How To Open a Gas Station
If your entrepreneurial spirit is fueled by the idea of providing gasoline and essentials to drivers, you might want to open a gas station.
Starting a gas station can be an expensive and complex undertaking. But there are millions of cars on the road, all in need of fuel and essential goods.
If you want to enter the gas station business but are unsure where to start, this step-by-step guide can help you get your gas station startup going.
1. Choose a Location
Location is a significant factor in the success of your gas station. Consider locations in areas with heavy traffic or just off freeway exits. Customers will often choose to visit the nearest gas station when the fuel light goes on.
If you choose a corner location, it is also a good idea to offer entrances from both intersecting roads. Convenience can be a significant factor in the success of a gas station. Before you finalize your gas station location, check your local zoning laws to ensure a gas station will be allowed.
If you purchase an existing gas station, there are a few extra considerations to keep in mind. Although it can be handy to have gas pumps and tanks installed, you should check to make sure the previous owners followed all applicable laws.
Most notably, you should ensure no environmental issues or compliance problems with the existing gas tanks. Old, worn-out gas tanks risk leaks, which can contaminate water supplies and opens your business up to liability.
2. Name Your Gas Station Business
If you are opening a franchise, you will probably already be operating under a well-known name and can skip this step.
For independent gas station owners, choosing a name can be one of the most critical steps of starting a small business. It would be best if you chose a name that is easy to pronounce and memorable. You should also make sure that the name is not trademarked or already taken by another business. Otherwise, you could be liable for trademark infringement.
The United States Patent and Trademark Office (USPTO) offers a searchable trademark database to help you. Your state's office of the secretary of state can also help you to find out if a business name is already taken. Many states also offer searchable databases of LLC names. A final step before deciding on a business name is to check social media and domain name availability.
3. Decide on Your Business Structure
Most gas station business owners choose to form a limited liability company (LLC) or corporation. These structures offer tax benefits and personal asset protection that sole proprietorships and partnerships do not.
By opting for an LLC or a corporation, you can protect your personal assets from your business's liabilities. To register as an LLC or corporation, you will need to file paperwork with your state's office of the secretary of state.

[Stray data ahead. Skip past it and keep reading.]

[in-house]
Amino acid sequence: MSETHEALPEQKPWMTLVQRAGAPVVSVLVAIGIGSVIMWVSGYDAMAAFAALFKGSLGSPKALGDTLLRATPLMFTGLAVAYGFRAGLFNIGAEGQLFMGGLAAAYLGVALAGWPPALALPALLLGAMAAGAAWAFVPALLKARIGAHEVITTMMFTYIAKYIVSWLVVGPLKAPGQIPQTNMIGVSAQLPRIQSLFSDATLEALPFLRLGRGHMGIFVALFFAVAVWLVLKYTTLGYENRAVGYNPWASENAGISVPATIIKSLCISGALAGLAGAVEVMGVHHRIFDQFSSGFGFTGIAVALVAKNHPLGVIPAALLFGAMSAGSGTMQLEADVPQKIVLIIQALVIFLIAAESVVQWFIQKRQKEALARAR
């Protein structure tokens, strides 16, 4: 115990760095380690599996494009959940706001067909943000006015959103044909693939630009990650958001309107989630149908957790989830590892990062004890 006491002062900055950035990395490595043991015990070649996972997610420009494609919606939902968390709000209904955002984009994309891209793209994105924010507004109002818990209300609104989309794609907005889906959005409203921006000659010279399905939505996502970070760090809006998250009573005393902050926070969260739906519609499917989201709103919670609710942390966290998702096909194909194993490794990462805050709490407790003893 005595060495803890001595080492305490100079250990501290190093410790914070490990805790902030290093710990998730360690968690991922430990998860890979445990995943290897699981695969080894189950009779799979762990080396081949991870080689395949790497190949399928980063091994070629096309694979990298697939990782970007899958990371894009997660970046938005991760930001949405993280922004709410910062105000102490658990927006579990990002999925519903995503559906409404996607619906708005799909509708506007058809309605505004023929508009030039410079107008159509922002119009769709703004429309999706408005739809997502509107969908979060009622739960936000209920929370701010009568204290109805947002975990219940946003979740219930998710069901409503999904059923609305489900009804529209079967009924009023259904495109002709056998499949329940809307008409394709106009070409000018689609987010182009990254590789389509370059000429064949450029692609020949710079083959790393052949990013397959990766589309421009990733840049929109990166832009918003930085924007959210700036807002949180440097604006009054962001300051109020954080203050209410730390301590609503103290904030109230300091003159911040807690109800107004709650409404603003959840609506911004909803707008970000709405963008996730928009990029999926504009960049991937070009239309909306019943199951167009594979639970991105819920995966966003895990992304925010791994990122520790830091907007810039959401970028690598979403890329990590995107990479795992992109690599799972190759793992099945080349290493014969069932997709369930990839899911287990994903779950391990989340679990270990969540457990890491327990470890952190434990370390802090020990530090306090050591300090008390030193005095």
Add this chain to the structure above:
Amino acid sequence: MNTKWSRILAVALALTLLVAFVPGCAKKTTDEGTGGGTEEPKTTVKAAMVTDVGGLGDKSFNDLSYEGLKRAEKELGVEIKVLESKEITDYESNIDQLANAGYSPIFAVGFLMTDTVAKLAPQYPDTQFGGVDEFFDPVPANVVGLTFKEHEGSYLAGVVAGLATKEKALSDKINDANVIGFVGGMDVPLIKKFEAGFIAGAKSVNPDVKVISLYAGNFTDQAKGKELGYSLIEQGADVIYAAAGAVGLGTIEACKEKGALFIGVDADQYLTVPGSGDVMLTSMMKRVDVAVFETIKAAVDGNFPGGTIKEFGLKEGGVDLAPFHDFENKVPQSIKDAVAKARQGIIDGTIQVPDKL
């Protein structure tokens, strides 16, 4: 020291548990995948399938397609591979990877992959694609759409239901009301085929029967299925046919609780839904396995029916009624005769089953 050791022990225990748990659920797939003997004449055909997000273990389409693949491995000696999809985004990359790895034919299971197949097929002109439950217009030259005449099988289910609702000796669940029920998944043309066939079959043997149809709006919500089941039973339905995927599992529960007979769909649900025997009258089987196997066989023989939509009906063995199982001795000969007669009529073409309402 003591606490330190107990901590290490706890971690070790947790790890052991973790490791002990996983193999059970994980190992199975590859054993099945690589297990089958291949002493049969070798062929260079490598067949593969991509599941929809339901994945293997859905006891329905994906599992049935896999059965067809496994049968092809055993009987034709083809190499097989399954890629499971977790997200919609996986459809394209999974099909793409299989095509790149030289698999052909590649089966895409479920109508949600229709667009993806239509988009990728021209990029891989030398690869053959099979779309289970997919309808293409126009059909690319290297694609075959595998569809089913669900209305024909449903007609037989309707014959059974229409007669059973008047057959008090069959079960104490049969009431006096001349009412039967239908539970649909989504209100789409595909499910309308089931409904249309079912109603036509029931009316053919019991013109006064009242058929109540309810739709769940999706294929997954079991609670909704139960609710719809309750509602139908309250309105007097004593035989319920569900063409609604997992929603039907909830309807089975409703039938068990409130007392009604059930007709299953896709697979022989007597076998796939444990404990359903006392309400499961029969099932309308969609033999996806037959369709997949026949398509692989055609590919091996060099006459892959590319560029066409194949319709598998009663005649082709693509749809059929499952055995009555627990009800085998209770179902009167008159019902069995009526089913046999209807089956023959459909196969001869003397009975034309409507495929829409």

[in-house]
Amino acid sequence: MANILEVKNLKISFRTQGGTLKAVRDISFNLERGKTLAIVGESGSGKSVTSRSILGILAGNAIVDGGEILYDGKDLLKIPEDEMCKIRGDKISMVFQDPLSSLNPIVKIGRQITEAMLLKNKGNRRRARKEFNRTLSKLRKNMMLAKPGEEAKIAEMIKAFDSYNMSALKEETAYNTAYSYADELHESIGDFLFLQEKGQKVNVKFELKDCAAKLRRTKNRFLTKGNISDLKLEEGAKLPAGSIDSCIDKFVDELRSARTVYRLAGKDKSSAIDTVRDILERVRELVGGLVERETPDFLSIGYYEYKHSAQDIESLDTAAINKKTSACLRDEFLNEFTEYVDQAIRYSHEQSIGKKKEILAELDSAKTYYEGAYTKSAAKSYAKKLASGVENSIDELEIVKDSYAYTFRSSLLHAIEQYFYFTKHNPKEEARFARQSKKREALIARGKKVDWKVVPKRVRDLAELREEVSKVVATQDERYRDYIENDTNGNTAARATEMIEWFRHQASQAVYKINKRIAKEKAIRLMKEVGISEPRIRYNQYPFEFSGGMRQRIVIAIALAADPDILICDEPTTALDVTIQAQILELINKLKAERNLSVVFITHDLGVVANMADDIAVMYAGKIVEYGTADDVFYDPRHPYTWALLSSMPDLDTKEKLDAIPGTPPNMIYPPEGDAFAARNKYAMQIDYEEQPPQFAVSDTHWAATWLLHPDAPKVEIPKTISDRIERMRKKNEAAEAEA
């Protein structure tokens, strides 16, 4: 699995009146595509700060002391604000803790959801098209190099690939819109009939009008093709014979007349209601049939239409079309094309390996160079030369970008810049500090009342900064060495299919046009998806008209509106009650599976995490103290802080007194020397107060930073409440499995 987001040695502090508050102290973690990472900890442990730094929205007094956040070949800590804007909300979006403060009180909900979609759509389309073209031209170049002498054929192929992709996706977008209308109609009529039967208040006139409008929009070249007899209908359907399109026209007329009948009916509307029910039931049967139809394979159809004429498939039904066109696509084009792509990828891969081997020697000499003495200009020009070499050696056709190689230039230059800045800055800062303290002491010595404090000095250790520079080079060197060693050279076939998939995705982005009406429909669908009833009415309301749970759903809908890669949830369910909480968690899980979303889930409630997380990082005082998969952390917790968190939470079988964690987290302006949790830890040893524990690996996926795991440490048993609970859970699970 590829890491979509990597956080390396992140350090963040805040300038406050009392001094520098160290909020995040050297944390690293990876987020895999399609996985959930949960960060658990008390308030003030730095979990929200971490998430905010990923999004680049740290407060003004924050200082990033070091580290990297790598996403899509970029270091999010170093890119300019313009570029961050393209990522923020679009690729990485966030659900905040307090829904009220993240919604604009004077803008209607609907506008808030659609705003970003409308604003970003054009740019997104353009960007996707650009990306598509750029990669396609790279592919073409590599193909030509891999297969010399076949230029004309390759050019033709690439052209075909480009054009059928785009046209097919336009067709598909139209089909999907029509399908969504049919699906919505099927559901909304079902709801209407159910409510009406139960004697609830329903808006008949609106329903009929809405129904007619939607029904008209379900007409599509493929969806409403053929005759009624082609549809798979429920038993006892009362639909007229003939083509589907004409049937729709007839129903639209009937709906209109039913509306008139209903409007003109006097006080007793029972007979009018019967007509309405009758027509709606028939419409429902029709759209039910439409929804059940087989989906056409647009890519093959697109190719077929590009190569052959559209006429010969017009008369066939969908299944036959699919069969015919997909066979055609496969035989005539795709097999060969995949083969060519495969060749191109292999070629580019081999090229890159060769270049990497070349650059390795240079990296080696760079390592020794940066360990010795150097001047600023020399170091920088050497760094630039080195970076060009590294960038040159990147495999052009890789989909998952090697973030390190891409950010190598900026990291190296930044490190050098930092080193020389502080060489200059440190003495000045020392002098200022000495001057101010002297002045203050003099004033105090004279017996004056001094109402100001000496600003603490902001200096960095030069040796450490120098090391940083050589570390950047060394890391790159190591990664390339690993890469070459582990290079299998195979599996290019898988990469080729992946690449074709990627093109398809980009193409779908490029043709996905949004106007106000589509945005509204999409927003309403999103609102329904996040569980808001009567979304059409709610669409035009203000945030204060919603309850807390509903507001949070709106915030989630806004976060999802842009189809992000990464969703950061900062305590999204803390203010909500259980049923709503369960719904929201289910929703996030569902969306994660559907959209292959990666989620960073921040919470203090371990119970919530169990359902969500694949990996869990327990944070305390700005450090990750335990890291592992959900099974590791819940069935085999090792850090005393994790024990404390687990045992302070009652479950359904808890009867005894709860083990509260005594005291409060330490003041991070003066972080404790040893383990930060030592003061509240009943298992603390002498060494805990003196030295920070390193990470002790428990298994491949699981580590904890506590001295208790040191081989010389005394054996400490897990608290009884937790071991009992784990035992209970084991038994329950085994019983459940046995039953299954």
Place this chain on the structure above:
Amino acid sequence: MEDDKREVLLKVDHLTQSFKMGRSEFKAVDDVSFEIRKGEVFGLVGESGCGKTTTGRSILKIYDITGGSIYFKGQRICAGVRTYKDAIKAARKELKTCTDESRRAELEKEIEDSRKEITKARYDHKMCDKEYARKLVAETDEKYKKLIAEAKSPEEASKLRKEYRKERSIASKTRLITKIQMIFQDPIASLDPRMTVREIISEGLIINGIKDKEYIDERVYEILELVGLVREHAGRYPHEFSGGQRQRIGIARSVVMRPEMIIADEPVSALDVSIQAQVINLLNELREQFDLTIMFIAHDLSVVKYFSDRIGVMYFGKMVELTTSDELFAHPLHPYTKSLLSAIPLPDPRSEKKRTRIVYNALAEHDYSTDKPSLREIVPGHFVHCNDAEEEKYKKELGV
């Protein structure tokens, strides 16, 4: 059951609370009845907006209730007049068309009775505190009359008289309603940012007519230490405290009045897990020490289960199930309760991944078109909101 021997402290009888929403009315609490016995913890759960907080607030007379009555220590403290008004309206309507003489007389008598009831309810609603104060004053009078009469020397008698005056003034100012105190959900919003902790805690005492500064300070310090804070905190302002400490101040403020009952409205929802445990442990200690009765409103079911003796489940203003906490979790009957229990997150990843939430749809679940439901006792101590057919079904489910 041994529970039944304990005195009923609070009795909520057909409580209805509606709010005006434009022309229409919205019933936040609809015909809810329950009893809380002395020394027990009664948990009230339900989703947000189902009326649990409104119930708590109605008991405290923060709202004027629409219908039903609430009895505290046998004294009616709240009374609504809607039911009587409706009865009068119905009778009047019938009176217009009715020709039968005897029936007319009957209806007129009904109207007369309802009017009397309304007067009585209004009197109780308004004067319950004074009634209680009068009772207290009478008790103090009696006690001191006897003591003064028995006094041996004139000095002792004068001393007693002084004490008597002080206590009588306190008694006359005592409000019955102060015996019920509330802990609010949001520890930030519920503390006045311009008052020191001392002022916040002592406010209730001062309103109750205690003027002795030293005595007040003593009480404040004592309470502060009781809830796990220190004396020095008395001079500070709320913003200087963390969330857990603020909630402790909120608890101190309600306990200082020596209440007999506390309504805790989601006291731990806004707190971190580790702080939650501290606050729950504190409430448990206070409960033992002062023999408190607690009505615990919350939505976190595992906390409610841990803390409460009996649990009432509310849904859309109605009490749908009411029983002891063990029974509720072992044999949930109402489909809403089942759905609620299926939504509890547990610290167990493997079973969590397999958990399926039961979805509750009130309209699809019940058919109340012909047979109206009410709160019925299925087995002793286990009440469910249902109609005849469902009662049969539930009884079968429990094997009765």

4. Decide Whether Your Gas Station Should Be Full-Service
Most gas stations now operate as self-service gas stations, where customers pump their own gas. A limited number of gas stations also offer full-service or minimum-service.
At full-service stations, gas station attendants pump the gas and sometimes check tire pressure. At minimum-service stations, attendants pump gas for drivers but usually do not provide other services.
If you are opening a gas station in New Jersey, you will need to open a full-service or minimum-service gas station. New Jersey law does not allow customers to pump their own gas due to safety concerns.
Keep in mind that state laws are subject to change. You should always check your state's gas dispensing laws and talk to a lawyer to make sure you are following applicable laws as you open your gas station.
5. Make a Marketing Strategy
Creating a good marketing plan is a crucial step toward building a successful gas station. If you are opening a gas station franchise, you will probably benefit from drawing from an existing customer base.
If you are opening an independent station, you will need to create a marketing plan to make your target market aware of what you offer and where you are. Your marketing plan should contain research about your geographical market and your customer base. This will help you identify your customers and their needs.
6. Advertise Your Location
You chose your location strategically, so you should make the most of it by having clear signage outside your gas station. It is a good idea to have signs that drivers can see from a few blocks away.
If you work with a sign contractor, they will probably know the local sign laws and can apply for a sign permit if necessary. You may also want to research freeway signs. If customers know that your gas station is coming up, they may exit specifically to visit you.